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The 98th British American Cup hosted by Royal Thames Yacht Club

by William Steevenson 24 Sep 14:59 BST 19-21 September 2019
98th British American Cup © www.Sportography.tv

On the 19th to the 21st of September saw sixteen of Americas best team racers came over from Seawanhaka Corinthian Yacht Club to England to face their British equivalents organised by the Royal Thames Yacht Club, at Queen Mary Sailing Club.

This was the Second Match of the Sixth Series of this competition to be held. The atmosphere tense, and spirits high as both teams arrived at QMSC early on Thursday morning. Unfortunately the wind was under five knots and not constant so day one of racing consisted mainly of playing ping pong and relaxing in the glorious sun! This was a shame as expert team GB captain Andy Cornah describes the competition by saying there is 'Simply no other sailing event like it- two teams battling it out over 12 hard fought 45 minute races with only the finest of margins deciding the winners -like the Ryder Cup on water.' The teams did manage to take to the water for an hour in the afternoon, but the wind just wasn't setting in, so unfortunately no racing.

Upon arrival on Friday morning, the wind had kicked in, and although shifty there was ten knots plus. A morning's hard fought racing left the teams level pegging, but going into the afternoon the British team had edged ahead. The level of racing and intensity of the competition was felt by both teams, 'The BA cup is typically the best [among the team racing events]', said Team USA Captain Ian Storck, 'The British Sailors are typically more aggressive than our usual American competitors, which makes for very tight racing'. At the end of the days racing the British team were leading by 3.5 points to 1.5.

Saturday saw similar conditions to Friday, and a strong and consistent wind set the stage for another great days racing. It was clear that both sides were going to give no quarter and every point had to be hard earned. Jeff Borland the Chief Umpire, from the US, for the event said 'It was a level of team racing as high as I've ever seen it, and the camaraderie even higher!' The morning and afternoon saw both teams trading race for race, and by the time of the final two races, the scores were even at 4.5 points apiece.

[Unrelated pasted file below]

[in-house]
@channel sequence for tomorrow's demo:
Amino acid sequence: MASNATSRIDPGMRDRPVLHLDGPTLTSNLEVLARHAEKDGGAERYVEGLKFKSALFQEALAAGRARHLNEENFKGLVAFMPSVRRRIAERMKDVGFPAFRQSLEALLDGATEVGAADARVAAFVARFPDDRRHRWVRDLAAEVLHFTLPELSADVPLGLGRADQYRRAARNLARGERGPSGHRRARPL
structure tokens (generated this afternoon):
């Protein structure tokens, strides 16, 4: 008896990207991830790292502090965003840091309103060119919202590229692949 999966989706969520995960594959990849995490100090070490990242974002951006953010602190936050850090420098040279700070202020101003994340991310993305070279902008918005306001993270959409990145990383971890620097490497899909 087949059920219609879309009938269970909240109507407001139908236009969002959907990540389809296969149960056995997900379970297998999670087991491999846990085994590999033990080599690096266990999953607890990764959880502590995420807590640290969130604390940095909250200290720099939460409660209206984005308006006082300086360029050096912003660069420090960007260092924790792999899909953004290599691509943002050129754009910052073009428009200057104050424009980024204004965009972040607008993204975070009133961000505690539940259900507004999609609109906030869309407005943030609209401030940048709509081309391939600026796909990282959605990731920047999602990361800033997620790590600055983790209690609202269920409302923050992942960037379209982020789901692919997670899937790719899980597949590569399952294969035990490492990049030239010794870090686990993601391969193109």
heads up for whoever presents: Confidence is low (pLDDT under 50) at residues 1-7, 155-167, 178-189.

Team GB, won race 11 however due to the unique way the scoring system works had the Americans won the last race and tied, the winner would be the team who won the last race. After two days or racing, it really had come down to this last 45 minute race. The teams were inseparable on the first two laps, with excellent tactical sailing on both sides and by the final lap team GB had secured 1st, 2nd and 3rd place and all three boats crossed the line together with their team mate coming in at 8th to secure a 6.5 to 4.5 win over Team US.

The event culminated in a gala dinner back at the Royal Thames Yacht Club, Knightsbridge, where both teams could come together and socialise one last time before they meet again for the Centenary anniversary in 2021, making The BA Cup the oldest team racing trophy in the world. Spirits were high and as the teams prepared to carry the evening on into the early hours Rear Commodore Sailing and Chief Race Officer Jennifer Woods reflected on the event: 'Day 1 the winds were too light to race however day 2 and 3 gave us Champagne sailing for this 4 on 4 team racing series which is at the pinnacle of team racing between the British and Americans. It was an honour to run the 12 races with the top racers from both of our countries and watch the tactics unfold from the committee vessel.'

This competition really is a show case of how team racing should be done, all of this wouldn't be possible without RTYC member, Mike Halstead who has made the BA Cup what it is over recent years. He views it as being 'Without question the most exciting sailing experience that as a club we competitively engage in.' and I don't think there are many out there that disagree.

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